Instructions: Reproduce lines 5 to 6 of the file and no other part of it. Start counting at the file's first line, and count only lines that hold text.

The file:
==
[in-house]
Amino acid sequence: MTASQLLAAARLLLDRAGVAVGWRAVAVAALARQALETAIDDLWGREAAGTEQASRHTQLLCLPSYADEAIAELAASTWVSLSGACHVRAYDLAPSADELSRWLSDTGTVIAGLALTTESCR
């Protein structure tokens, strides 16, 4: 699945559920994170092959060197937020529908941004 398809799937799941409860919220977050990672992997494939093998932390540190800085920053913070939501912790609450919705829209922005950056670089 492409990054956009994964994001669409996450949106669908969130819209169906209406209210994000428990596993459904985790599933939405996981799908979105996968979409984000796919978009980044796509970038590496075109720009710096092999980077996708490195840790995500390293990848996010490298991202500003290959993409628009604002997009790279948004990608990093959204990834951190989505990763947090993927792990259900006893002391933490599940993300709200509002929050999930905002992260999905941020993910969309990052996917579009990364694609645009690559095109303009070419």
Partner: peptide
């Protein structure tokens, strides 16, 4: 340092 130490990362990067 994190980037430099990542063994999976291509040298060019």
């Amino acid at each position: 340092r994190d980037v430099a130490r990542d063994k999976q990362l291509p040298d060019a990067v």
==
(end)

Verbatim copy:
């Protein structure tokens, strides 16, 4: 340092 130490990362990067 994190980037430099990542063994999976291509040298060019």
């Amino acid at each position: 340092r994190d980037v430099a130490r990542d063994k999976q990362l291509p040298d060019a990067v």